Leadership and Interpersonal Skills are Expanded
    Students enrolled in CTE programs can join local chapters of state and national student organization. Participating in Career and Technical Student Organizations builds confidence as students demonstrate their skills and knowledge and many offer additional scholarship opportunities.
    CTE Programs are Available in every Community
    Career education courses are offered at secondary schools in all 67 school districts, all 28 state colleges, and at 46 technical centers within the state. 
    Additionally, in Florida, CTE students who complete three or more CTE courses within a prescribed program and who meet other standards are eligible for the Gold Seal Vocational Scholarship.
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  • Characteristics of Good Teachers

    Posted by Rebecca Miller on 8/21/2018
    Successful educators have a solid, healthy and productive relationship with students. Most of the credit for this success goes to the teachers' knowledge of students as human beings, and the needs, drives, and desires they continually try to satisfy through teaching.  Some characteristics of good teachers include:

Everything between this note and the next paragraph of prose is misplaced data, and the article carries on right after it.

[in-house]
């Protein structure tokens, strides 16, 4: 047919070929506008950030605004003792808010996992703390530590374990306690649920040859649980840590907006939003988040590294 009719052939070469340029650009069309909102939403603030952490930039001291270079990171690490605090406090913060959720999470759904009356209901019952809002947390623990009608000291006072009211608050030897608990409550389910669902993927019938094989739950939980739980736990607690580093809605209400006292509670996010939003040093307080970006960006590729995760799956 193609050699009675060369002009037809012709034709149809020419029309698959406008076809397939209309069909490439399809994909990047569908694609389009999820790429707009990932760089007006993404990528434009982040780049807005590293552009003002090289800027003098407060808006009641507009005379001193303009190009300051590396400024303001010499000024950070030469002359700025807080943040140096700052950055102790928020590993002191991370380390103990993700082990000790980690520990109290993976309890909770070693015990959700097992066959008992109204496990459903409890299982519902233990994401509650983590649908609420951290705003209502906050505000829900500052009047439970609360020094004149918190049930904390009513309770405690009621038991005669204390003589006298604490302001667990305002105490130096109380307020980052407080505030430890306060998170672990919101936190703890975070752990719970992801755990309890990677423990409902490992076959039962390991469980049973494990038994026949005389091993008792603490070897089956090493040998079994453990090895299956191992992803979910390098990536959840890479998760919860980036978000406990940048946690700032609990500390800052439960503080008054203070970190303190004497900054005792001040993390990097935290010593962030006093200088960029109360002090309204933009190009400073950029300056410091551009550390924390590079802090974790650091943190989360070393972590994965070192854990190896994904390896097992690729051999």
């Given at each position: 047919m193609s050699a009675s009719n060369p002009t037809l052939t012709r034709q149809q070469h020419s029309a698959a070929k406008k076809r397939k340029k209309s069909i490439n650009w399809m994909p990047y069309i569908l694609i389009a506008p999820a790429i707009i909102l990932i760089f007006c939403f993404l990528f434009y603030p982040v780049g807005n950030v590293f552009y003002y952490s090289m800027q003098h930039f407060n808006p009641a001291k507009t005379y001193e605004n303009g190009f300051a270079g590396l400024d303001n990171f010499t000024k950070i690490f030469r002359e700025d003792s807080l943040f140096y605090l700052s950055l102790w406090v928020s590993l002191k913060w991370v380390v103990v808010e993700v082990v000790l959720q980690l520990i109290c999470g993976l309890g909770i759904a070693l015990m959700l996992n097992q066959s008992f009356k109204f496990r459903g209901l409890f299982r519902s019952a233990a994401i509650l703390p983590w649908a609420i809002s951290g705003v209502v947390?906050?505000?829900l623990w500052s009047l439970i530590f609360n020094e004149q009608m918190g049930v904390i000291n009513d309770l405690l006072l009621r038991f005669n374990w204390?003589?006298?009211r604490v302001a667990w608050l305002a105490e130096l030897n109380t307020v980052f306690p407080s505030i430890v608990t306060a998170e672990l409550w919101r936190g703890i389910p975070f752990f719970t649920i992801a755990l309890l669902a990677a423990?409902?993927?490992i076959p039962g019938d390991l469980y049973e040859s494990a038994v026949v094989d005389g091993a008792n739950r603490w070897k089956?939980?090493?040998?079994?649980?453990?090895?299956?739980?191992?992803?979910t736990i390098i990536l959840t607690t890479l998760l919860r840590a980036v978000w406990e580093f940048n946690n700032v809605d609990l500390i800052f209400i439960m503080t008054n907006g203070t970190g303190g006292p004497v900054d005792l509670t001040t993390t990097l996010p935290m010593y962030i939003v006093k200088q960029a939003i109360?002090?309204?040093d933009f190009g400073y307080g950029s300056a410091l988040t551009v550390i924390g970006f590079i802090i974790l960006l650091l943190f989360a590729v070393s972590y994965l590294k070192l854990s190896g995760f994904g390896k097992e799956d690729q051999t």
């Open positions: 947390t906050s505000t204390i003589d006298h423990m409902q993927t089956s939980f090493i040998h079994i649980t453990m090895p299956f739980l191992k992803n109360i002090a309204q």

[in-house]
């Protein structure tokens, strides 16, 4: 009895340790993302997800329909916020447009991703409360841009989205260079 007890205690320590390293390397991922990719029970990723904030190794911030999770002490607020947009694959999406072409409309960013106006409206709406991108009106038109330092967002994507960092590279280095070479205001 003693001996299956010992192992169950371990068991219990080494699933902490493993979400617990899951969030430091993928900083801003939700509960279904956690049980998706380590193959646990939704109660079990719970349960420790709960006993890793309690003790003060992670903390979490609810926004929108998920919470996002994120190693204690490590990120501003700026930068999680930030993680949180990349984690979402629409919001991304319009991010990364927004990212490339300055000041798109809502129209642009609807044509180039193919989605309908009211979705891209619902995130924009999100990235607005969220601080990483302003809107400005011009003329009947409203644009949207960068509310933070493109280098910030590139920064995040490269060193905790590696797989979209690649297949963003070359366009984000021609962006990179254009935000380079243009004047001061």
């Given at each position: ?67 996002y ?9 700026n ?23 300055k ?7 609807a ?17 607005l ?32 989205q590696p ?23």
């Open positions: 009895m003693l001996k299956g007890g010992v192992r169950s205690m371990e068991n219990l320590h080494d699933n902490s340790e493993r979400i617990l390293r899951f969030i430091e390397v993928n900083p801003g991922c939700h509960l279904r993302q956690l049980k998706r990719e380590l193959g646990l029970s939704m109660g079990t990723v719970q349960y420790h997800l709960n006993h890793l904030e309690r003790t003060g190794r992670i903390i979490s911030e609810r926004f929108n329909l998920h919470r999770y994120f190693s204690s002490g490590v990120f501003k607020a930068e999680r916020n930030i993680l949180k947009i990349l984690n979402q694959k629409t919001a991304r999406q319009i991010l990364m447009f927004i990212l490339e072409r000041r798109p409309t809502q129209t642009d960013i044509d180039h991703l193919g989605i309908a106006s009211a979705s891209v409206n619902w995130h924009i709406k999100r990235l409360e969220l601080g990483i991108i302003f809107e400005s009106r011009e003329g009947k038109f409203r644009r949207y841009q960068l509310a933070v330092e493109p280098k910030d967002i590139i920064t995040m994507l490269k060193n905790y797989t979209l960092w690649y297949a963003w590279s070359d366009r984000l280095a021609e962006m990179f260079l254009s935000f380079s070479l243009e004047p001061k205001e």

• Be professional, the professional teacher is sincere, straightforward and honest.
    • Accept all students where they are in their learning, this includes all their faults and all their problems.
    • Teachers are role models, the actions and safety practices both during instruction and on the job site have a critical effect on the student behavior.
    • Keep up with trends related to the industry. Professional journals, periodicals, technical reports, and other sources offer valuable information to teachers.
    • Attempt to carefully analyze the personality, the thinking, and the ability of each student - no two students are alike.
    • Teachers should continually evaluate their performance, effectiveness and the standard of learning achieved by the students.